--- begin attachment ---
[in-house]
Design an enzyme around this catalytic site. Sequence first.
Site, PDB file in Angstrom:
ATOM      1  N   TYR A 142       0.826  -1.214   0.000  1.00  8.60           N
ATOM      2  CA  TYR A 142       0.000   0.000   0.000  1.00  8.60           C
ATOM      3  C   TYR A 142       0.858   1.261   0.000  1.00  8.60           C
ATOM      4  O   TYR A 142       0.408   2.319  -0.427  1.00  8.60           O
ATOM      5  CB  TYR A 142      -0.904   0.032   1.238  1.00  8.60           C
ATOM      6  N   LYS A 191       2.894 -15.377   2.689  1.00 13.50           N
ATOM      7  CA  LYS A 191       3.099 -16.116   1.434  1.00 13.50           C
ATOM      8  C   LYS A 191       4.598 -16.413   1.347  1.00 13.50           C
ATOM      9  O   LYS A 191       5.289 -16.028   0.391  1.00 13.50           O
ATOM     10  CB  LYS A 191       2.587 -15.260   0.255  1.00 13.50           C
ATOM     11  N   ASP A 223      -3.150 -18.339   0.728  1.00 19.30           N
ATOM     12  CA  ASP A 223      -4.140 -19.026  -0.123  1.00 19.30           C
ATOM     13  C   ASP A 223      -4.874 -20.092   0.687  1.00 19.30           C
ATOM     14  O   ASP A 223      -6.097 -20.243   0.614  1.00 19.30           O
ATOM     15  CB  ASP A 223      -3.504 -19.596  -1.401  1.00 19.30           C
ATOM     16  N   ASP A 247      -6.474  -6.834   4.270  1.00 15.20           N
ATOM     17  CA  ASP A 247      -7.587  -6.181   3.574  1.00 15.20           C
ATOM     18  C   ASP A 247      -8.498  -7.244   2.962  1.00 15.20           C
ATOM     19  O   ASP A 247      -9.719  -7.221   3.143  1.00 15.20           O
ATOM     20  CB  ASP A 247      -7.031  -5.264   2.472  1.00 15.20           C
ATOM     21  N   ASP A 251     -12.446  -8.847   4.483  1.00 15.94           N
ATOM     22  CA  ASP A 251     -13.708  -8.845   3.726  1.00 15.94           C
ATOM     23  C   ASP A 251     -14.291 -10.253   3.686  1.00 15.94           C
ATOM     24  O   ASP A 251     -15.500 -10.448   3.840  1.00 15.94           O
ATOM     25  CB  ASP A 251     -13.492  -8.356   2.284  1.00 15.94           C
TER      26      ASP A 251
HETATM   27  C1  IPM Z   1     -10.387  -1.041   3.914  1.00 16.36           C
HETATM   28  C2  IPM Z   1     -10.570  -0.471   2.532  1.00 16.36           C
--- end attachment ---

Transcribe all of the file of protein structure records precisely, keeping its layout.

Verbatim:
[in-house]
Design an enzyme around this catalytic site. Sequence first.
Site, PDB file in Angstrom:
ATOM      1  N   TYR A 142       0.826  -1.214   0.000  1.00  8.60           N
ATOM      2  CA  TYR A 142       0.000   0.000   0.000  1.00  8.60           C
ATOM      3  C   TYR A 142       0.858   1.261   0.000  1.00  8.60           C
ATOM      4  O   TYR A 142       0.408   2.319  -0.427  1.00  8.60           O
ATOM      5  CB  TYR A 142      -0.904   0.032   1.238  1.00  8.60           C
ATOM      6  N   LYS A 191       2.894 -15.377   2.689  1.00 13.50           N
ATOM      7  CA  LYS A 191       3.099 -16.116   1.434  1.00 13.50           C
ATOM      8  C   LYS A 191       4.598 -16.413   1.347  1.00 13.50           C
ATOM      9  O   LYS A 191       5.289 -16.028   0.391  1.00 13.50           O
ATOM     10  CB  LYS A 191       2.587 -15.260   0.255  1.00 13.50           C
ATOM     11  N   ASP A 223      -3.150 -18.339   0.728  1.00 19.30           N
ATOM     12  CA  ASP A 223      -4.140 -19.026  -0.123  1.00 19.30           C
ATOM     13  C   ASP A 223      -4.874 -20.092   0.687  1.00 19.30           C
ATOM     14  O   ASP A 223      -6.097 -20.243   0.614  1.00 19.30           O
ATOM     15  CB  ASP A 223      -3.504 -19.596  -1.401  1.00 19.30           C
ATOM     16  N   ASP A 247      -6.474  -6.834   4.270  1.00 15.20           N
ATOM     17  CA  ASP A 247      -7.587  -6.181   3.574  1.00 15.20           C
ATOM     18  C   ASP A 247      -8.498  -7.244   2.962  1.00 15.20           C
ATOM     19  O   ASP A 247      -9.719  -7.221   3.143  1.00 15.20           O
ATOM     20  CB  ASP A 247      -7.031  -5.264   2.472  1.00 15.20           C
ATOM     21  N   ASP A 251     -12.446  -8.847   4.483  1.00 15.94           N
ATOM     22  CA  ASP A 251     -13.708  -8.845   3.726  1.00 15.94           C
ATOM     23  C   ASP A 251     -14.291 -10.253   3.686  1.00 15.94           C
ATOM     24  O   ASP A 251     -15.500 -10.448   3.840  1.00 15.94           O
ATOM     25  CB  ASP A 251     -13.492  -8.356   2.284  1.00 15.94           C
TER      26      ASP A 251
HETATM   27  C1  IPM Z   1     -10.387  -1.041   3.914  1.00 16.36           C
HETATM   28  C2  IPM Z   1     -10.570  -0.471   2.532  1.00 16.36           C